Indie labels take AIM at Gowers

Here’s an odd fish: apparently British indie music labels are preparing a complaint to the EU over recommendations included in the recent Gowers Review of Intellectual Property. According to the Independent newspaper the Association of Independent Music is upset at plans to officially legalise the copying of CDs onto your computer/iPod/whatever. How wrong-headed is this? Do I need to count the ways?

It’s particularly upsetting news because one always hope that the indies can rise above this sort of money-grabbing nonsense. Until, that is, you recall that this is basically a retread of AIM’s call last July to blame ISPs and even computer hardware manufacturers for the travails of a faltering recording industry and to demand some sort of structure for financial recompense. That caused snorts of derision from many quarters back then, and I expect this latest stunt will too.

7 thoughts on “Indie labels take AIM at Gowers

  1. Hi there. I think you guys should consider cutting AIM a little slack, what they are trying to achieve is a situation where people like Ben H can do whatever they want with music – upload it, download it, share it with friends – and crucially do this totally legally. It’s a simple goal but a fairly complex process to get there.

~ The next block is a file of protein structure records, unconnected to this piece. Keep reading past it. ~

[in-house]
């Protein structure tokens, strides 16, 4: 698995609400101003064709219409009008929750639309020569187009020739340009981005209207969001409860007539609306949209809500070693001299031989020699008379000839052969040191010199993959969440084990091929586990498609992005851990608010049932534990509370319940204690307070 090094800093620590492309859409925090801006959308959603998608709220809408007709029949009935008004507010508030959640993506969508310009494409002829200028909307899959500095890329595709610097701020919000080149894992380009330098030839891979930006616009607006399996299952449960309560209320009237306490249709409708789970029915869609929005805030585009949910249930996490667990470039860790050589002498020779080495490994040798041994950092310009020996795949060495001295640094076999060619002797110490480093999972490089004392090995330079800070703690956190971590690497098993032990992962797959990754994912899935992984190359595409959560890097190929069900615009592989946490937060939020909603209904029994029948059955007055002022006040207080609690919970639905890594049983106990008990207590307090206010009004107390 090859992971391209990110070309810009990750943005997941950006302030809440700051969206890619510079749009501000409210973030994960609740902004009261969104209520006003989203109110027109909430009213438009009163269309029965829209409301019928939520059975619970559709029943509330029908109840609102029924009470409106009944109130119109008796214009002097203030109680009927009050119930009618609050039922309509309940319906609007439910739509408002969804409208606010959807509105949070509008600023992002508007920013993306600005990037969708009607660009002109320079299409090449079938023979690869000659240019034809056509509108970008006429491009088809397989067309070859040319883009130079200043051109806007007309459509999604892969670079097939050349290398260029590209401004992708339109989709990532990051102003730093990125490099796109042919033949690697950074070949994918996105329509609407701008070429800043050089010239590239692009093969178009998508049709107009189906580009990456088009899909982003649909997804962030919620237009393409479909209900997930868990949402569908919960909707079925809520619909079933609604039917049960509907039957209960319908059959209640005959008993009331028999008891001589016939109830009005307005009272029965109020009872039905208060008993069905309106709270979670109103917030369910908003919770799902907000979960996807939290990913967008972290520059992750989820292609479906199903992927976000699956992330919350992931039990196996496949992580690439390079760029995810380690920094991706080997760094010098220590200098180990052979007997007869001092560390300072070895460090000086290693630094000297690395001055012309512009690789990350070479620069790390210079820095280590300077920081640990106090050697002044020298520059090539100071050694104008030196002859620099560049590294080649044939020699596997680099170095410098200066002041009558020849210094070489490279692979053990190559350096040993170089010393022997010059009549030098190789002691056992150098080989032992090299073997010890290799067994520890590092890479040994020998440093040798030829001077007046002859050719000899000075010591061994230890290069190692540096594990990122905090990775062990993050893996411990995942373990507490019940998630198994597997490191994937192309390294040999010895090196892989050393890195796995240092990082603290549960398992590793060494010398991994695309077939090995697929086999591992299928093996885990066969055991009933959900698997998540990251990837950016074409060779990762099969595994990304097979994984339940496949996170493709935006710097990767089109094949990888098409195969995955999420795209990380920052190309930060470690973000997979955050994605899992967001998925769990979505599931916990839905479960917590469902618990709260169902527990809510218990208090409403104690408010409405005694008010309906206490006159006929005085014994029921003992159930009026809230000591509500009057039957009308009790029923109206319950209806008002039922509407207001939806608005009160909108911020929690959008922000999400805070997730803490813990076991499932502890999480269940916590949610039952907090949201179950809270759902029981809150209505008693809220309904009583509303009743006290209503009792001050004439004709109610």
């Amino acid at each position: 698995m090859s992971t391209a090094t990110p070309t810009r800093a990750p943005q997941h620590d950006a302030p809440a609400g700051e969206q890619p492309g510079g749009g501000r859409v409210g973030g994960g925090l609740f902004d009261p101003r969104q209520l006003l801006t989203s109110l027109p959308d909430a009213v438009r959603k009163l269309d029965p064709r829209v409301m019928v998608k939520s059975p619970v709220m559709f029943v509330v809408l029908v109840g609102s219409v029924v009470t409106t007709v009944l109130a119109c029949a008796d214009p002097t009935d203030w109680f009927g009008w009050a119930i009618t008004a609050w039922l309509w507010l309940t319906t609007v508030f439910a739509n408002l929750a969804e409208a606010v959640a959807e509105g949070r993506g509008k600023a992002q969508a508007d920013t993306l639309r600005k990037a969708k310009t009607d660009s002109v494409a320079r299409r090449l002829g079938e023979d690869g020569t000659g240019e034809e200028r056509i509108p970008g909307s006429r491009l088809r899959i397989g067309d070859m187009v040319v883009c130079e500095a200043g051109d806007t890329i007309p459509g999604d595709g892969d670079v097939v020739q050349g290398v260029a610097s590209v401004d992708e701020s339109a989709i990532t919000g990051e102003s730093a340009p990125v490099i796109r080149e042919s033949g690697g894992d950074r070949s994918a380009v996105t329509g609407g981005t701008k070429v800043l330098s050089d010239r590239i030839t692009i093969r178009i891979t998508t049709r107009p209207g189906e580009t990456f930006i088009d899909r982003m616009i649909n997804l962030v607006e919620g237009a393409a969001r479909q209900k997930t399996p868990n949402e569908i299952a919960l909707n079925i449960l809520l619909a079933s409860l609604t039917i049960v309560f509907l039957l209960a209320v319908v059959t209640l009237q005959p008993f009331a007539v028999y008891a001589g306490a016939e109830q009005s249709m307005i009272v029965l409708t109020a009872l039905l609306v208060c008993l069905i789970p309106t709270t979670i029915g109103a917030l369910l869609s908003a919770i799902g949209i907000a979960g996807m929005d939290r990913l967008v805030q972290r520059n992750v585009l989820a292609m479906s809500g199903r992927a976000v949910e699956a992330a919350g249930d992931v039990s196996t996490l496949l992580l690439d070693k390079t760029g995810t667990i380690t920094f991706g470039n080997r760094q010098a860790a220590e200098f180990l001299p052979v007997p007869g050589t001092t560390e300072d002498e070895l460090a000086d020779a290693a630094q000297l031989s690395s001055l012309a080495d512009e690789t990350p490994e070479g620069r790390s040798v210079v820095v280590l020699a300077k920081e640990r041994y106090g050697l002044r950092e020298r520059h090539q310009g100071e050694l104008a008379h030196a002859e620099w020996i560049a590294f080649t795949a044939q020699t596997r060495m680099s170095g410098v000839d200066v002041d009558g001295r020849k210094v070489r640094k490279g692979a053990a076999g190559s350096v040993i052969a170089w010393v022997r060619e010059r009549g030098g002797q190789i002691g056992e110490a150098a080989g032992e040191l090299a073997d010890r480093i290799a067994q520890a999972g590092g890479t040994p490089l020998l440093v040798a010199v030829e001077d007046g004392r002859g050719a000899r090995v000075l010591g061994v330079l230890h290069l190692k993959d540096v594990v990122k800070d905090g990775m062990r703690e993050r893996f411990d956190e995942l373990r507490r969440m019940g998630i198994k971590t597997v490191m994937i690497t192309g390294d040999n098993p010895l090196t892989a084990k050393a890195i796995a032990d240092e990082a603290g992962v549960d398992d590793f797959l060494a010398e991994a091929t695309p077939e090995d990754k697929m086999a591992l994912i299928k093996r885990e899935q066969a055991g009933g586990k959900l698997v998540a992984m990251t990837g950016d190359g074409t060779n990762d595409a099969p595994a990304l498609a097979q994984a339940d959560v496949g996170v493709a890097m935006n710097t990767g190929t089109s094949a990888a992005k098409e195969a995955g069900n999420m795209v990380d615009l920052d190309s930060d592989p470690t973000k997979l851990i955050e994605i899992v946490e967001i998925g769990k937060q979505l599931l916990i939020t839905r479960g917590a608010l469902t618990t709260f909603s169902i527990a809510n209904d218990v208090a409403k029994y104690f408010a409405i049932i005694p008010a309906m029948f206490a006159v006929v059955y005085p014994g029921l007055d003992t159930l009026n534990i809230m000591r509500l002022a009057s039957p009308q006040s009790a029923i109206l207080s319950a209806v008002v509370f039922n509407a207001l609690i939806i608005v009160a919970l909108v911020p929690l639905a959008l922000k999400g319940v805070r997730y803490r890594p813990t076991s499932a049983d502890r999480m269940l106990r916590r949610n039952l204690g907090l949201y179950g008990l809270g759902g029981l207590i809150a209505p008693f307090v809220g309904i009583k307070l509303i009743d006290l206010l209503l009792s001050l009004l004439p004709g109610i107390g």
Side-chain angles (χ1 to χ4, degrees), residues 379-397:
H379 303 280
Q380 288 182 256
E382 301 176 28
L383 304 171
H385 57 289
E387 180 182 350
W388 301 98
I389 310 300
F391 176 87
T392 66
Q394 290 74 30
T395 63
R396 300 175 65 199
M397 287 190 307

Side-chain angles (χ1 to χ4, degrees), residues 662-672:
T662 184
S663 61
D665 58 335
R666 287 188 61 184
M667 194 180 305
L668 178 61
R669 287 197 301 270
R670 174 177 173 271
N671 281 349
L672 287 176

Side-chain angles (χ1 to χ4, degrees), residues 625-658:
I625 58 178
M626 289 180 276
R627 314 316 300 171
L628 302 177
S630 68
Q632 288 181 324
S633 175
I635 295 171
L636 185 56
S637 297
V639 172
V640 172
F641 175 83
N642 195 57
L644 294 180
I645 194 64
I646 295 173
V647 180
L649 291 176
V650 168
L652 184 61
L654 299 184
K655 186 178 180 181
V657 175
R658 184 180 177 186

2. To be completely transparent to your audience I work as AIM’s press officer. But I’m also an associate director of a think tank called MusicTank, and I’m writing with that hat on.

    The idea is for a comletely new system for sharing and enjoying music in a digital age, which catches up with the reality of what’s going on.

  3. Thanks for your posts, Sam, and welcome to the blog. The thing is, the reality of what is going on is that people buy CDs and copy them to their computer to listen to on their iPod. Why are AIM apparently so resistant to this?

  4. AIM aren’t resitant, quite the opposite. AIM are opposing Gowers because they don’t think Gowers went far enough. The real issue isn’t private copying but the fact that a whole new system of sharing and distributing music exists. The issue is to create a system where people are empwered to do what they want (fileshare, download etc) and legally, while affording some sort of recompense to artists and creators. That’s the ultimate goal, and AIM’s submission to the forthcoming Gowers’ consultation will, I think, be somewhat along those lines (although it’s still early days). You’ll have to forgive me if I don’t get back to any replies today.

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